"My cousins just left. Can you give 'em a place to stay for just one night?" he asked.
One was Sarah, a 19-year-old Swartzentruber Amish gal. She chose to leave and needed a kind "outsider" to give her a safe home and help.
My husband and I dressed, drove to WalMart, and met Sarah. She was tall - well, anyone higher than me is tall - slender, pretty, brown-eyed, with long brown hair and wore blue jeans, a blue t-shirt, and boys' athletic shoes. I tried to imagine her in plain dark frock, white kapp, and black bonnet.
Sarah and her brother, Monroe, greeted us toting plastic store bags with a few items. "Thanks for picking us up," she said.
"We hid 'em in our attic while we planned to leave."
I quickly realized two of Sarah's immediate needs were clothes and food, and she had only $100. One of the reasons they come out with little money is because all income is turned over to the dad until the child turns 21-y/o. Her $100 was the amount silently ferreted away from her dad.
Among other needs: her birth certificate, a Social Security number, a toothbrush and toothpaste, misc. toiletries, hairbrush, another pair of shoes, a bank account, transportation, dental care as she'd just had all her bottom teeth pulled out, housing, and a job. Where to begin?
It's almost overwhelming teaching and tutoring a teenager so much in a few weeks what our daughters gradually learned while growing up. Ex-Amish must feel brain-overloaded and exhausted with their condensed education. (tweet that) And those who are unwilling learners, stubborn, or argumentative have trouble successfully adjusting to the non-Amish life.
As a Swartzentruber Amish, she used an outhouse (for the females only), never shaved, nor was taught about proper hand washing or cross-contamination with foods. Typically, this Amish Order believes that ignoring their body is proof of their righteousness. My daughter gave Sarah her first razor after she said, "I'd like to shave under my arms." I gave Sarah a "tour" of our bathroom showing her how to use the shower, and wash with soap.
The next day, Friday, I drove Sarah to our county's Health Department to see if there was a birth certificate on her. The employee searched vital statistics and, fortunately, found that one was on record. "My mom always told me there was no birth certificate on me," Sarah exclaimed both surprised and delighted. She paid the fee and, for the first time, held a copy of her birth certificate.
Next on our agenda was obtaining clothing, shoes, toiletries, and a job. I sent out a plea to our church members, who generously and spontaneously donated to her. My pals Karen and Vicky found garage sale clothes, Lisa gave her a bicycle (but Sarah wasn't allowed to have a bicycle so she hadn't learned to ride). Some of my author colleagues sent a check to use towards Sarah's costs and needed dental work.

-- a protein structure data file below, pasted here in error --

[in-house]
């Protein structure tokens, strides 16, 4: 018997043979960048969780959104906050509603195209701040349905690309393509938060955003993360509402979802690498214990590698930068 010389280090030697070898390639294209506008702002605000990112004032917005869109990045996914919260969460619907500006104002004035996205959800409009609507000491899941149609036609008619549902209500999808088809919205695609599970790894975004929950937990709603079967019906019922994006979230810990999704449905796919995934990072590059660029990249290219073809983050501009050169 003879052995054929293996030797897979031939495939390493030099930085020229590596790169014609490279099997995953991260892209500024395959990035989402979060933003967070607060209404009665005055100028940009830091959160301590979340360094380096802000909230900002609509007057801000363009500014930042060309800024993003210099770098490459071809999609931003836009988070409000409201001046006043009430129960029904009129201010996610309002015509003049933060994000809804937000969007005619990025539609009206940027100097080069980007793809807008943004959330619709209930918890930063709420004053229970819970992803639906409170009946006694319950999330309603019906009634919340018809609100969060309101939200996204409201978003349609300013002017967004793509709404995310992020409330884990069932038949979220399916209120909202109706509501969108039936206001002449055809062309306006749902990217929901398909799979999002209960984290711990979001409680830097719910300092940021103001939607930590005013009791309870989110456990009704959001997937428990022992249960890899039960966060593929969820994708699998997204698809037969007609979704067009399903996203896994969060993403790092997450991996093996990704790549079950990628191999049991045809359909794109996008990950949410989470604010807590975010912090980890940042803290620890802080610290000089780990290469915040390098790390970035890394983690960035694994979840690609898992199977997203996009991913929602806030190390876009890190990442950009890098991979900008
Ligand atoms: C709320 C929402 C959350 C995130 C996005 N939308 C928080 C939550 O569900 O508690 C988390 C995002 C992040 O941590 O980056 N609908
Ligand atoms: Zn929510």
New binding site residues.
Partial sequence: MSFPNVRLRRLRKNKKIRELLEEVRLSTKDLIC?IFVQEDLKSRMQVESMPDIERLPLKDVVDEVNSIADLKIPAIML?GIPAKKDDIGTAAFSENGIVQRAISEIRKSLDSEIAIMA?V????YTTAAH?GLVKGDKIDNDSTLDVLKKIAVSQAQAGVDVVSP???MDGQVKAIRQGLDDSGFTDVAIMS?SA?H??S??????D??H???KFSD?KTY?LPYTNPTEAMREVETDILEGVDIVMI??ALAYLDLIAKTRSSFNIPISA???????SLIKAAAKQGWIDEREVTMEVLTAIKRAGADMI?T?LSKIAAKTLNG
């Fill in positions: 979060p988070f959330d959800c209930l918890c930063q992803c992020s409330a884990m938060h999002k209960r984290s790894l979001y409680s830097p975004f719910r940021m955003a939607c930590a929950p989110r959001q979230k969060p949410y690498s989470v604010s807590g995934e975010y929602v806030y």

Saturday, I drove Sarah to a walk-in hair salon for her first-ever professional shampoo and haircut. She waited her turn conflicted with anxiety and anticipation. Wow, what a change when she walked out afterward sporting a shorter - not short - new doo. With new confidence, she smiled saying, "I'm glad I did that." But her money was nearly gone!
Noah called, "I found Sarah a place to live and a job in a restaurant." She was excited as she grabbed her bags of meager belongings and hopped in Noah's car to her new home.
After church we spent the afternoon gathered around the table for a rowdy game of Skum. Sarah quickly learned the game through our shouts and crazy laughter.
Wednesday, I picked her up and drove her to the Social Security Administration (SSA) to jump through government hoops in getting a Social Security number. "Do you have a photo ID?" asked the worker.
"No," replied Sarah.
"I need proof you are who you are."
"Why isn't my birth certificate enough?"
"It just proves your date of birth."
We drove to the Department of Motor Vehicles (DMV) to get Sarah an Ohio photo ID Card, then back again to the SSA. After a day of driving back and forth, waiting our turn, answering questions, explaining why at 19 Sarah had no SS#, and signing paperwork, she eventually received approval for her number.
Finally equipped with her ID and SS#, we went to our bank to open Sarah's checking account. That provided another round of waiting our turn, answering questions, fiscal explanations, and signing paperwork. Whew, we were both exhausted.
Out of respect for her privacy - and that of her younger brother - I've not posted about this duo until now. As I write this post, Sarah's just moved to another shared living arrangement, she's cleaning houses, and working as a restaurant cook when needed. She wants dependable FT work, a place of her own, driver's license, and eventually a car. Her employment opportunities are severely limited as she doesn't have a high school diploma or GED. Fast food restaurants, that usually hire teens, are an unfamiliar work venue to ex-Amish.
Sarah's climbing a vertical learning curve about life outside the Amish:
- idioms and English expressions,
- dental care,
- furnishing a home,
- earning a GED,
- different manners and courtesies.
I'm not shy about asking for help for these kids. If you have a question or want to shoot me a donation to help Sarah, please let me know in the comments below! I have a Paypal account where you could donate money to help with transportation, dentures, and other expenses. I'd like to help ex-Amish realize we "outsiders" aren't as evil and on our way to hell as their culture tells them.
See ya next week. ~ Brenda
(c)Copyright 2013, Brenda Nixon.